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"...public opinion deserves to be respected as well as despised" G.W.F. Hegel, 'Philosophy of Right'

philosophy behind Costello budget « Previous | |Next »
May 16, 2003

I argued in a previous post that the 2003 Costello budget has its roots in the 1980s neo-liberal Fightback manifesto of John Hewson. It goes back to the old roots of self-sufficiency, individual responsibility and lower taxation. Its a 1980's tune many citizens love to sing along with.

We are looking at small (but strong) government through an explicit rejection of a collectivist social liberalism that developed the welfare state in the name of social justice. You can hear Rupert Murdoch rubbing his hands with glee upon hearing the news. Reduce the power of the state, reduce the power of the state he says to himself. He mutters 'the state is a monopoly with coercive powers.' Thats bad. Small government is the key to reviving the good market order The Australian thunders.

This article by Louise Dodson makes a similar argument.

"The philosophy is small "c" conservatism writ large. Based on economic rationalism, it involves dismantling the welfare state and introducing two-tiered health and education systems. The catchword is "choice" - giving taxpayers the choice of pocketing extra money as tax cuts and spending it rather than the Government spending it for them. Consumers also have the choice of using private health and education rather than publicly funded services."

There is a bit more going here than the market talk of choice and diversity. Low taxes mean low public spending. Low public spending means the welfare state is reduced to a minimum safety net designed to prevent acts of desperation by the needing.

Louise Dodson goes to make another point about these neo-liberal reforms.

"The middle classes are most affected. With a safety net for the poor, those on middle incomes will pay more for medical consultations and private health insurance. They will pay more for their children's tertiary education, although the budget makes it more likely that their children will get to university, because the number of places has been increased.They are compensated by benefiting more from the tax cuts."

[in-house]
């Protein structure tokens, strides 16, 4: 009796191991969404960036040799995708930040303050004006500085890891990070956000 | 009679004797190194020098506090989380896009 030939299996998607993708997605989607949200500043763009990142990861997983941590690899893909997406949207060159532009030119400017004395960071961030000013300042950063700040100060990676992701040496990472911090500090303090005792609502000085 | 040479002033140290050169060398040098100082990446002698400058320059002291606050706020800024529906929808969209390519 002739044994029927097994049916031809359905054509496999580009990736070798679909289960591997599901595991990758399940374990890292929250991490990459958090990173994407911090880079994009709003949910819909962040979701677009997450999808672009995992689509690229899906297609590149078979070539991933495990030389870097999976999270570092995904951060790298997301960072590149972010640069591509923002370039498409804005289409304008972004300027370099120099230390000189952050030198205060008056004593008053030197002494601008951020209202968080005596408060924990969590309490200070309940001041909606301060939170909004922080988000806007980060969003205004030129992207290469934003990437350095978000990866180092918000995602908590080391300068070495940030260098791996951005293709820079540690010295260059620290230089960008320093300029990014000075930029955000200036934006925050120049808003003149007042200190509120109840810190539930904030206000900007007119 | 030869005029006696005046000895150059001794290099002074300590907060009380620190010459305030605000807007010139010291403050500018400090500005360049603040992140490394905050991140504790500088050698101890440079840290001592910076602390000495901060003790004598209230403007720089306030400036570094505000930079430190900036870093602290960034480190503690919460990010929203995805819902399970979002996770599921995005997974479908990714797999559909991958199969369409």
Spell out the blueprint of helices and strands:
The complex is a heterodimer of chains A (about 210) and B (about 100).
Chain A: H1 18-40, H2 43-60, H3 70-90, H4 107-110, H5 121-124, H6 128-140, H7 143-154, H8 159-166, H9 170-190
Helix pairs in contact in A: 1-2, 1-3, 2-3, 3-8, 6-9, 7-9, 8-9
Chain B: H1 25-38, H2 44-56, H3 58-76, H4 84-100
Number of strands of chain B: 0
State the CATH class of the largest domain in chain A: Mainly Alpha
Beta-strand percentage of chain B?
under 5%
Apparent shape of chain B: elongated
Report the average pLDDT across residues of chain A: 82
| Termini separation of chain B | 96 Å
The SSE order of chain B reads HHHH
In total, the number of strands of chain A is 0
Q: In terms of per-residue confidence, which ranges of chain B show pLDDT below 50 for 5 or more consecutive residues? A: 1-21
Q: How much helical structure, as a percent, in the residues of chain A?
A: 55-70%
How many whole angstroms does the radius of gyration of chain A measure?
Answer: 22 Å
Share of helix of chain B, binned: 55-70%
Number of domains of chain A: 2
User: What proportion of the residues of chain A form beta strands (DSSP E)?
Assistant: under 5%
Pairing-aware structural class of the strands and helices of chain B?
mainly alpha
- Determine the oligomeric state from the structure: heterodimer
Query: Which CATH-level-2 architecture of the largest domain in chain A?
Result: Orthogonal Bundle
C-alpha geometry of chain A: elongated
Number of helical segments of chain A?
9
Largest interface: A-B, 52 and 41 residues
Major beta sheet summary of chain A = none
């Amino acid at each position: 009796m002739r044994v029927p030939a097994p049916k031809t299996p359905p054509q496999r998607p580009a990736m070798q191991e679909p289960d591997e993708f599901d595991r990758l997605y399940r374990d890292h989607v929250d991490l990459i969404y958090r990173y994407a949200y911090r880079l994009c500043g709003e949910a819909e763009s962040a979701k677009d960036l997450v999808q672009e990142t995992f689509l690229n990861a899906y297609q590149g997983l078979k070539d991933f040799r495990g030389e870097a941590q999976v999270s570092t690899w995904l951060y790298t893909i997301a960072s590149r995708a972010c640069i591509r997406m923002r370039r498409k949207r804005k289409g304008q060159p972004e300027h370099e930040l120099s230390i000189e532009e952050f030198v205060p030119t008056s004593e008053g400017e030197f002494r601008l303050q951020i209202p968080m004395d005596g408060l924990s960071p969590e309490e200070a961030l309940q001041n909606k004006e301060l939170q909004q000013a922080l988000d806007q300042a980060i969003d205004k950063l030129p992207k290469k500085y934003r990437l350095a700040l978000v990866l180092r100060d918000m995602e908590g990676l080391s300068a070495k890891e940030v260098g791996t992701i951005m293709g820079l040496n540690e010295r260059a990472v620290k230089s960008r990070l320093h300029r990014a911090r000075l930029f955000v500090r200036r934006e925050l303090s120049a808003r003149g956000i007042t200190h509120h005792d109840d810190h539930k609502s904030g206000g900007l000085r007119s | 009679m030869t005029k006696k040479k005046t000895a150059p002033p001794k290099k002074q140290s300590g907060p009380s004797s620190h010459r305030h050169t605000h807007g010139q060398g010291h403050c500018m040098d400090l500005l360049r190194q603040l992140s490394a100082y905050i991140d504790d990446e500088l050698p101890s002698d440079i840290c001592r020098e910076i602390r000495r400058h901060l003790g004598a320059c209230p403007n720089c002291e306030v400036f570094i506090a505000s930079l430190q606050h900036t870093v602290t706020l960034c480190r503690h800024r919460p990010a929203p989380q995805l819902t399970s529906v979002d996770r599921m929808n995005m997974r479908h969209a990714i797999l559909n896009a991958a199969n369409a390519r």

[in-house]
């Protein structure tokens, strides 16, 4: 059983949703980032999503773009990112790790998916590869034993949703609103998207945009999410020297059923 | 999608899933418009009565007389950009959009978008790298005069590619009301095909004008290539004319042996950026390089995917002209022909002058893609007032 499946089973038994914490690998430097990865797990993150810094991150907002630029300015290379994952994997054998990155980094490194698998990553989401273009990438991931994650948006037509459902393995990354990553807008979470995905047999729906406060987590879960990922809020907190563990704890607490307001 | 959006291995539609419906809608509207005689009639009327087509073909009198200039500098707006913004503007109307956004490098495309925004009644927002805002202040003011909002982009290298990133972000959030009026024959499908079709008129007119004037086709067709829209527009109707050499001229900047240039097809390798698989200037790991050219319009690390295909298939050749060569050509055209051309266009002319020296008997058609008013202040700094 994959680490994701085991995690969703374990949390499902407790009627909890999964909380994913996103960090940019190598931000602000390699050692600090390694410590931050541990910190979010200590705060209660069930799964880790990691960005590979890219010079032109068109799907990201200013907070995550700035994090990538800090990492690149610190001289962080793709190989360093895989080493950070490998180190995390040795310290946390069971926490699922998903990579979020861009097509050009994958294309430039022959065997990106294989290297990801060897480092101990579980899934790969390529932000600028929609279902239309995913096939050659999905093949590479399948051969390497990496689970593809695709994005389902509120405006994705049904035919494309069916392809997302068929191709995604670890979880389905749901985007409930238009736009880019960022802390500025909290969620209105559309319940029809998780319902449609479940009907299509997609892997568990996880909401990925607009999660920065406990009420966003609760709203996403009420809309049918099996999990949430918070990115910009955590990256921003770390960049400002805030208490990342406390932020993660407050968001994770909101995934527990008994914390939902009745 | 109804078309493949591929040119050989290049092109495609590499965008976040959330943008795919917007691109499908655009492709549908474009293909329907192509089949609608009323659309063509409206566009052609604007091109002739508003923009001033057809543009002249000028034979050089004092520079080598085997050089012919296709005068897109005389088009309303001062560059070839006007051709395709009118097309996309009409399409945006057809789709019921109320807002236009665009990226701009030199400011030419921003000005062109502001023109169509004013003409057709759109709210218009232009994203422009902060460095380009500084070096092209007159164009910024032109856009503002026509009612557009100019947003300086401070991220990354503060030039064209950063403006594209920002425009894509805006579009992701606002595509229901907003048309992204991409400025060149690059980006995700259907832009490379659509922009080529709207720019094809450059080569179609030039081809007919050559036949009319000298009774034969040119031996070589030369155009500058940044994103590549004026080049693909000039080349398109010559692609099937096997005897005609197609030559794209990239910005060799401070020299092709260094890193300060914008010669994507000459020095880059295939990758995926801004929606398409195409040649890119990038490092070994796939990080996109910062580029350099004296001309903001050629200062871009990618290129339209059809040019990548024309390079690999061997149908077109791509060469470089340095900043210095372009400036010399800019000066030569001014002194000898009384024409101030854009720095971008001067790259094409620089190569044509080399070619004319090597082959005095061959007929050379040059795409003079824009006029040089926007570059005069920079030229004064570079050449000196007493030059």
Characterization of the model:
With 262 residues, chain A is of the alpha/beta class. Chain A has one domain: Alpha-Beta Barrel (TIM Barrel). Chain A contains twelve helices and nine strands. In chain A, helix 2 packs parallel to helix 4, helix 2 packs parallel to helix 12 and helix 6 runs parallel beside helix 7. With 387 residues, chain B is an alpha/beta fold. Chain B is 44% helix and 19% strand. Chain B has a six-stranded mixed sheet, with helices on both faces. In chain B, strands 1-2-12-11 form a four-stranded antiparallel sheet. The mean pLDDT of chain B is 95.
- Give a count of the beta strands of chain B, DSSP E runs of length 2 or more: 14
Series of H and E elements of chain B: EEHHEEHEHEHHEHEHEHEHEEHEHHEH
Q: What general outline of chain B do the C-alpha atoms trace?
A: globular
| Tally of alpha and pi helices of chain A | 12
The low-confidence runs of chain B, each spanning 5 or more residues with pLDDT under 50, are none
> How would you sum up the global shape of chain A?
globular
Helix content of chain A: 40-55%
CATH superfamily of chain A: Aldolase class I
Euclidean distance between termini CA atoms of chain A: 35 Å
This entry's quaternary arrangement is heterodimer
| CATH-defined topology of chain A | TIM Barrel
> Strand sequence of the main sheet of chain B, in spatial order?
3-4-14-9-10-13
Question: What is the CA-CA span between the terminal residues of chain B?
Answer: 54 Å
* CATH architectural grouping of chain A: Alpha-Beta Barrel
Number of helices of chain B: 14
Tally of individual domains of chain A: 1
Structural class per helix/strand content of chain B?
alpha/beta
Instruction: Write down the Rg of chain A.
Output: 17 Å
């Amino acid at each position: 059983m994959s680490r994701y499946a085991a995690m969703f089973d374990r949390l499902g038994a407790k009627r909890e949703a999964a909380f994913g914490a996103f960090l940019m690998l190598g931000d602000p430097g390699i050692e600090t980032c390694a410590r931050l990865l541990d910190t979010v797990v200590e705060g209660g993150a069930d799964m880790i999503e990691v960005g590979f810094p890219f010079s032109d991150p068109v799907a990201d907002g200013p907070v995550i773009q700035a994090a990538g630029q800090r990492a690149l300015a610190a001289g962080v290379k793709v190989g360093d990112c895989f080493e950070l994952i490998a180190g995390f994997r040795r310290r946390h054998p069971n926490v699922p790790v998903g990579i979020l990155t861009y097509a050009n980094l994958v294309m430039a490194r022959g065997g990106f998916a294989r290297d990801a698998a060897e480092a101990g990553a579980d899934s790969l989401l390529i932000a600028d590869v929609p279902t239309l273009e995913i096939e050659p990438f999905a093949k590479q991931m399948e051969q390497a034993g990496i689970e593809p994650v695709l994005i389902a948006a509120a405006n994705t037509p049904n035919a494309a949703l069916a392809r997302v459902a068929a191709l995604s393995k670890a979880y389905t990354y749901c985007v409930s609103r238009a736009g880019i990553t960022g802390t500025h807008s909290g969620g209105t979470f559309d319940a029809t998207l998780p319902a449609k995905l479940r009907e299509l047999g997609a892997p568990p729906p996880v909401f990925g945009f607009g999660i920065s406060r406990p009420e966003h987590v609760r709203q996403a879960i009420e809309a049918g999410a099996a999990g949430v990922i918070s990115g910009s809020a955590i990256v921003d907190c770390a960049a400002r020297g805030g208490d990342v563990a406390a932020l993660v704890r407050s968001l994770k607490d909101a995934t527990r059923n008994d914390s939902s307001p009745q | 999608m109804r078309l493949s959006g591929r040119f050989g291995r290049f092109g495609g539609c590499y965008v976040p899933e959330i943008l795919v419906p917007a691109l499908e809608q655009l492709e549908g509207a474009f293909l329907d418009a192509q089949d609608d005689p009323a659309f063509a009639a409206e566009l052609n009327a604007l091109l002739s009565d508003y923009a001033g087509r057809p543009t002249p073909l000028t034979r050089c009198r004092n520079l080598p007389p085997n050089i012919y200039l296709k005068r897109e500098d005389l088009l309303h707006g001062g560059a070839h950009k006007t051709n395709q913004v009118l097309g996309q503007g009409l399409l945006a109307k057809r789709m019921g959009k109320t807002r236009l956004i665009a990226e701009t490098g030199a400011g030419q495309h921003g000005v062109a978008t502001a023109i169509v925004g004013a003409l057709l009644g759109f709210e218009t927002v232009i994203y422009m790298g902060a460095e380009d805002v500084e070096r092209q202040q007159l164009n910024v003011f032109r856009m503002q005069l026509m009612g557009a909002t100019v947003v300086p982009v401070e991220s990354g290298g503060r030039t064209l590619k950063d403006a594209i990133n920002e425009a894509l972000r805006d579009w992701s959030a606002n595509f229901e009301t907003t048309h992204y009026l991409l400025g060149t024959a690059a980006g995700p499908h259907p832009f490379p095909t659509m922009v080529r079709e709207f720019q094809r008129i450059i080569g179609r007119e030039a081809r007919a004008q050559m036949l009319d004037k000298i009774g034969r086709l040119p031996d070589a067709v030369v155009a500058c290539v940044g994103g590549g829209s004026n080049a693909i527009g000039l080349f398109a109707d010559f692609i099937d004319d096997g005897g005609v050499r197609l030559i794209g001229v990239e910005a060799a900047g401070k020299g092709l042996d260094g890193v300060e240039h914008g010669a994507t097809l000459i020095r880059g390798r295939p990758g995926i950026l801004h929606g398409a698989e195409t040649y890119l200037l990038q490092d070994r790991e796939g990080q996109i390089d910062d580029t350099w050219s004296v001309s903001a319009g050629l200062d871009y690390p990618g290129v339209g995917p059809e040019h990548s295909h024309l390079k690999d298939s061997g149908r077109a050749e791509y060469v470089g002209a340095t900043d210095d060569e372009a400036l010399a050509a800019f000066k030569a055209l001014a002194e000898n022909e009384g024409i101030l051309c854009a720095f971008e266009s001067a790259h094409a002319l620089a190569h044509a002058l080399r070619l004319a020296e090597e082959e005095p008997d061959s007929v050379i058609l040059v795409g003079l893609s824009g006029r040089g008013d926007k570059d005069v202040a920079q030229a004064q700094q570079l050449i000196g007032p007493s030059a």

Compensated? One should add the middle class are only only partly compensated. Remember the bracket creep. The tax cuts are a smokescreen to hide the shift in spending from government to consumer. As Geoff Kitney says:

"The policy changes announced in the budget represent the most profound change in the way Australia has thought about these issues in 30 years. They dramatically accelerate the demolition of the Whitlam transformation of health and education policy in the early 1970s when responsibility was shifted from individuals to the community."

The undergraduate degree is a big cost---we are looking at $60-100,000 for a degree. Its a debt. Those with deep pockets will be able to afford a good education; the others will be able to buy a second rate one for second rate jobs. Its old-fashioned elitism achieved through one's market capacity and an explicit rejection of the ethos of equality.

Gareth Parker asks: what is wrong with a two-tiered system? Its a good question. It may not address small matters such as market failure, the need for public goods and Australians being citizens who live in a democracy. Not everything in public life is about the market. We do not live in the market alone.

| Posted by Gary Sauer-Thompson at 12:23 PM | | Comments (0)